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Author Notes:

Corresponding Authors: Kathleen H. Burns, Department of Pathology, Johns Hopkins University School of Medicine, Miller Research Building Room 447, Baltimore, MD 21205, USA. Email: kburns@jhmi.edu

Ralph H. Hruban, Department of Pathology, Johns Hopkins University School of Medicine, Carnegie 415, 600 North Wolfe Street, Baltimore, MD 21231, USA. Email: rhruban@jhmi.edu

Acknowledgments: Mabel Smith, Jim Creech, and Ed Pigo were essential in developing and executing the initial plan and Mike Johns in approving its use.

The authors also acknowledge the membership of the Johns Hopkins School of Medicine Taskforce on Faculty Compensation and Faculty Compensation Committee, those who conducted the 2013 Faculty Satisfaction Survey, and the Subcommittee Responsible for Revision of the Silver Book.

Disclosures: The author(s) declared no potential conflicts of interest with respect to the research, authorship, and/or publication of this article.


Research Funding:

The author(s) received no financial support for the research, authorship, and/or publication of this article.


  • Pathology
  • academic relative value unit (RVU)
  • performance-based incentive compensation (PBIC)
  • research RVU (rRVU)
  • faculty salary
  • Bonus/Supplement/Incentive (BSI) component

The Evolution of Earned, Transparent, and Quantifiable Faculty Salary Compensation

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Journal Title:

Academic Pathology


Volume 5


, Pages 237428951877746-237428951877746

Type of Work:

Article | Final Publisher PDF


Faculty value equitable and transparent policies for determining salaries and expect their compensation to compare favorably to the marketplace. Academic institutions use compensation to recruit and retain talented faculty as well as to reward accomplishment. Institutions are therefore working to decrease salary disparities that appear arbitrary or reflect long-standing biases and to identify metrics for merit-based remuneration. Ours is a large academic pathology department with 97 tenure-track faculty. Faculty salaries are comprised of 3 parts (A + B + C). Part A is determined by the type of appointment and years at rank; part B recognizes defined administrative, educational, or clinical roles; and part C is a bonus to reward and incentivize activities that forward the missions of the department and medical school. A policy for part C allocations was first codified and approved by department faculty in 1993. It rewarded performance using a semiquantitative scale, based on subjective evaluations of the department director (chair) in consultation with deputy directors (vice chairs) and division directors. Faculty could not directly calculate their part C, and distributions data were not widely disclosed. Over the last 2 years (2015-2017), we have implemented a more objective formula for quantifying an earned part C, which is primarily designed to recognize scholarship in the form of research productivity, educational excellence, and clinical quality improvement. Here, we share our experience with this approach, reviewing part C calculations as made for individual faculty members, providing a global view of the resulting allocations, and considering how the process and outcomes reflect our values.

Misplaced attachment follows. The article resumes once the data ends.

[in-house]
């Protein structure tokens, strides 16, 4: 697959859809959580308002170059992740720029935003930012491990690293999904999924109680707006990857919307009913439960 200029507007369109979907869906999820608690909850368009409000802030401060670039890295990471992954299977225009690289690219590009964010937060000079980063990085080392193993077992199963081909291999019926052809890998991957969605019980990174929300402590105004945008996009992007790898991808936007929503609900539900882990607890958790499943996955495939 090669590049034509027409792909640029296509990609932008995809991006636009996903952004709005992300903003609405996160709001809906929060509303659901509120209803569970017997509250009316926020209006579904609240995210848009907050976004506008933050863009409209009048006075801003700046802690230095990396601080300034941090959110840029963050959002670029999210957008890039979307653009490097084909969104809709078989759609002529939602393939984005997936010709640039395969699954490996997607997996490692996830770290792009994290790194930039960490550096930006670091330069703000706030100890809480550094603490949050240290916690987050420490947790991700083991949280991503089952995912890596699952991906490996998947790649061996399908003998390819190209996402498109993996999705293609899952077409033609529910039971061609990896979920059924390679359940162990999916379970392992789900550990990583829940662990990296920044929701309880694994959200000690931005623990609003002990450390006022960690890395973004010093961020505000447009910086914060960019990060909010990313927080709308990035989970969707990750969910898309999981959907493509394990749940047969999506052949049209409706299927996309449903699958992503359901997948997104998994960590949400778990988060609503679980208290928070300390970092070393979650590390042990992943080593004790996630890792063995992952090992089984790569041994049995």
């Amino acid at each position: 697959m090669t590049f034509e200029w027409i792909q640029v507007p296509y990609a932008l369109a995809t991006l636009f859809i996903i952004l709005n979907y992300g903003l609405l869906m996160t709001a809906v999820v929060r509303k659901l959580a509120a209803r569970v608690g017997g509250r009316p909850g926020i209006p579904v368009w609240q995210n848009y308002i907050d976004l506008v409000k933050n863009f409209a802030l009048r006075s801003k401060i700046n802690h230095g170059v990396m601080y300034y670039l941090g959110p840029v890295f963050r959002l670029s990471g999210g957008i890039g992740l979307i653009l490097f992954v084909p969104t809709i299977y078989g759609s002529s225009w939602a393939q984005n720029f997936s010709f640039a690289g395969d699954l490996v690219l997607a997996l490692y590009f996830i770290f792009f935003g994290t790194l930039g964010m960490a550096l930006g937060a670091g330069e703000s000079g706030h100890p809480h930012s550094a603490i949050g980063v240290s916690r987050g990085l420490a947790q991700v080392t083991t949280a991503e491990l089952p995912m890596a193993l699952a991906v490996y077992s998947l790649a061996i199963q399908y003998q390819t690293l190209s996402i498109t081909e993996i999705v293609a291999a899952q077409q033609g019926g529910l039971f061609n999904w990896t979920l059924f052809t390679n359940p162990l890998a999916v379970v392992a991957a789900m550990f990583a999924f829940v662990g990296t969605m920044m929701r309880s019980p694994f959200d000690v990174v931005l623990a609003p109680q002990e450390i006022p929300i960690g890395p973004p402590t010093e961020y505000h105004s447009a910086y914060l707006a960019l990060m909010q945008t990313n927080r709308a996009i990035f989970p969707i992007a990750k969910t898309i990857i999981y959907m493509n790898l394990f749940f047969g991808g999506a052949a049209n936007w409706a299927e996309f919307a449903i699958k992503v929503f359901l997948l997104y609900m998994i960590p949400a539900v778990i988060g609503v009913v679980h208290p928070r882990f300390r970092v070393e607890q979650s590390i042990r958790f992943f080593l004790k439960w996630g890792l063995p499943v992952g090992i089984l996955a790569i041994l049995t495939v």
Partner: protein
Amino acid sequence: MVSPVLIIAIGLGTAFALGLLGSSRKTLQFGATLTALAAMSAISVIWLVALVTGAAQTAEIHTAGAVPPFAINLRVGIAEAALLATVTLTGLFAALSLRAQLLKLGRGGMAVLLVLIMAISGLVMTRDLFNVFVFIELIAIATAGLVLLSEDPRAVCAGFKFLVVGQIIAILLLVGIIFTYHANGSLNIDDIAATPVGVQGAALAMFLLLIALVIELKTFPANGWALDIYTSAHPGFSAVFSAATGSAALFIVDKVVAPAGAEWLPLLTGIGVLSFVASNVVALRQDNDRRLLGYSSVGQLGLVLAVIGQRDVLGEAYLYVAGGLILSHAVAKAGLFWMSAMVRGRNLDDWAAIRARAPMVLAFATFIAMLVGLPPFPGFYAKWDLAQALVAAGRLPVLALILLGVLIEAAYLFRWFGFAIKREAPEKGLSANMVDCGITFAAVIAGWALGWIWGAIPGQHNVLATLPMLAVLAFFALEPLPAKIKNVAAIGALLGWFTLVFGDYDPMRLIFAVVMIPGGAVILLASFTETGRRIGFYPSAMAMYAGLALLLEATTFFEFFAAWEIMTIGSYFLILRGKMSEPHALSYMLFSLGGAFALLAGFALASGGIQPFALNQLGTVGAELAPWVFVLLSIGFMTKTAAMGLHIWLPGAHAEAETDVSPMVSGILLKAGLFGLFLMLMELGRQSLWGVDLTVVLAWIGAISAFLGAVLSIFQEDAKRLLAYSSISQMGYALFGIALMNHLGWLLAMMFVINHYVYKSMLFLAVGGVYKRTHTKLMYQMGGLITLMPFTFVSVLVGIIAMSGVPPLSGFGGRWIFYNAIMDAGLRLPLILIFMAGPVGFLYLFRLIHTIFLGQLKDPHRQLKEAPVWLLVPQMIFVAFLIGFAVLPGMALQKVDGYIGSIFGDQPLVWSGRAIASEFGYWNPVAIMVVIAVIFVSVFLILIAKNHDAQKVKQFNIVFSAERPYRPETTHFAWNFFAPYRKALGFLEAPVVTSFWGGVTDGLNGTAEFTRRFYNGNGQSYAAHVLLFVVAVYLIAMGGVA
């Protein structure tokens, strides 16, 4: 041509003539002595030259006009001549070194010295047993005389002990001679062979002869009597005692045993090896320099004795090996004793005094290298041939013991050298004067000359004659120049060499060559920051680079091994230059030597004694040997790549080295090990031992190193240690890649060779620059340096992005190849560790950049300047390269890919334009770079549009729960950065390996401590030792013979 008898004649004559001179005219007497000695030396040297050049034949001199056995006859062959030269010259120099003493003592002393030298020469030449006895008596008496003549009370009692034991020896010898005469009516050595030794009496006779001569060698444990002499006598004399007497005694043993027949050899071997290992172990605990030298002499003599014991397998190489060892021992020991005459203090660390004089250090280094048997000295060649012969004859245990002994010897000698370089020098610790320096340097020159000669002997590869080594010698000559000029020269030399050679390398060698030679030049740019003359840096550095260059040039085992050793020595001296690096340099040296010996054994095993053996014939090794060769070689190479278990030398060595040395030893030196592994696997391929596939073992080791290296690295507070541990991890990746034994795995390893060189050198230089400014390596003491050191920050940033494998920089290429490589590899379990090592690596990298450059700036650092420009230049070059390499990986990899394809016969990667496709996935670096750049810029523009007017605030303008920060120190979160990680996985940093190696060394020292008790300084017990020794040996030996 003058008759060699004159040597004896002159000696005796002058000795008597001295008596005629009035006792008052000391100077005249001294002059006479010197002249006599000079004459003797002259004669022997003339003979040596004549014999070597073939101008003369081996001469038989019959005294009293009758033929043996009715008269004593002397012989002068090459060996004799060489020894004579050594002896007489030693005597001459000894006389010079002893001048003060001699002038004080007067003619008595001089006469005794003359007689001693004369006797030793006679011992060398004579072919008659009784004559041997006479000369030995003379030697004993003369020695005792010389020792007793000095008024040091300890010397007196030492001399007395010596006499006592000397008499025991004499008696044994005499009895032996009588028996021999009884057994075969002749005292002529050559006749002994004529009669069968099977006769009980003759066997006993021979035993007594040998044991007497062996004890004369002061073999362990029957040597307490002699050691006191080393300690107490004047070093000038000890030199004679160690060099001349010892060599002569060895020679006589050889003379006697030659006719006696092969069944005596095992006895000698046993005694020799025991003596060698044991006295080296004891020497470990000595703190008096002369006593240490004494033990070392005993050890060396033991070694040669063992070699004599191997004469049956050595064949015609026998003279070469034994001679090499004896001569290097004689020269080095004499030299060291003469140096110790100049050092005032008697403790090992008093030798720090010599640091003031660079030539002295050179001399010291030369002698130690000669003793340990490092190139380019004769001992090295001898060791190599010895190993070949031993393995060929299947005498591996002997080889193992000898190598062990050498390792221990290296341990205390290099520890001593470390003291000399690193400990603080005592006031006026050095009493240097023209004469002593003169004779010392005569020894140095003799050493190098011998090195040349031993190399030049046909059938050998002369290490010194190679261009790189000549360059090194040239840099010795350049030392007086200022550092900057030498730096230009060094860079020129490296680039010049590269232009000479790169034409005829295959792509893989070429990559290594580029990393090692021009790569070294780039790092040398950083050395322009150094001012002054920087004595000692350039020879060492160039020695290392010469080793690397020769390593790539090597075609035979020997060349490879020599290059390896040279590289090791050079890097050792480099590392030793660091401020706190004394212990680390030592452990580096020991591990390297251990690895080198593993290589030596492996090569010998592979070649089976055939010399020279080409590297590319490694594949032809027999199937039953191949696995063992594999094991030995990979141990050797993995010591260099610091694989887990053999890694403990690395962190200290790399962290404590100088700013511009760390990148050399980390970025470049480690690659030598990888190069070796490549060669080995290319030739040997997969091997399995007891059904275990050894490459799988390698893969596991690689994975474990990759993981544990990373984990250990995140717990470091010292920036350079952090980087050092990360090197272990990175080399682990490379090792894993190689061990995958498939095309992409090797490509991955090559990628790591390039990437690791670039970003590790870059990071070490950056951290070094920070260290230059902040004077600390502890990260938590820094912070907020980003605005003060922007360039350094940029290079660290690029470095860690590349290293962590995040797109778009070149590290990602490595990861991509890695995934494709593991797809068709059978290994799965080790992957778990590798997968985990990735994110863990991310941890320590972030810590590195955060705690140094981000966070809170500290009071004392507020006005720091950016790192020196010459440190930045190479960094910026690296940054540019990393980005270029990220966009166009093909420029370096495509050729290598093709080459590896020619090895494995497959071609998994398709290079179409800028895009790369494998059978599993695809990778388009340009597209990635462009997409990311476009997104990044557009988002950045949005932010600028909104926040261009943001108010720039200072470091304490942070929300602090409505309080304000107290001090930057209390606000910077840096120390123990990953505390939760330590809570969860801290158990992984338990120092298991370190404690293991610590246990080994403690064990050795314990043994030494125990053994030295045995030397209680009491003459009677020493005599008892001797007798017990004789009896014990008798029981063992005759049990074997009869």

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© The Author(s) 2018

This is an Open Access work distributed under the terms of the Creative Commons Attribution-NonCommercial 4.0 International License (http://creativecommons.org/licenses/by-nc/4.0/).

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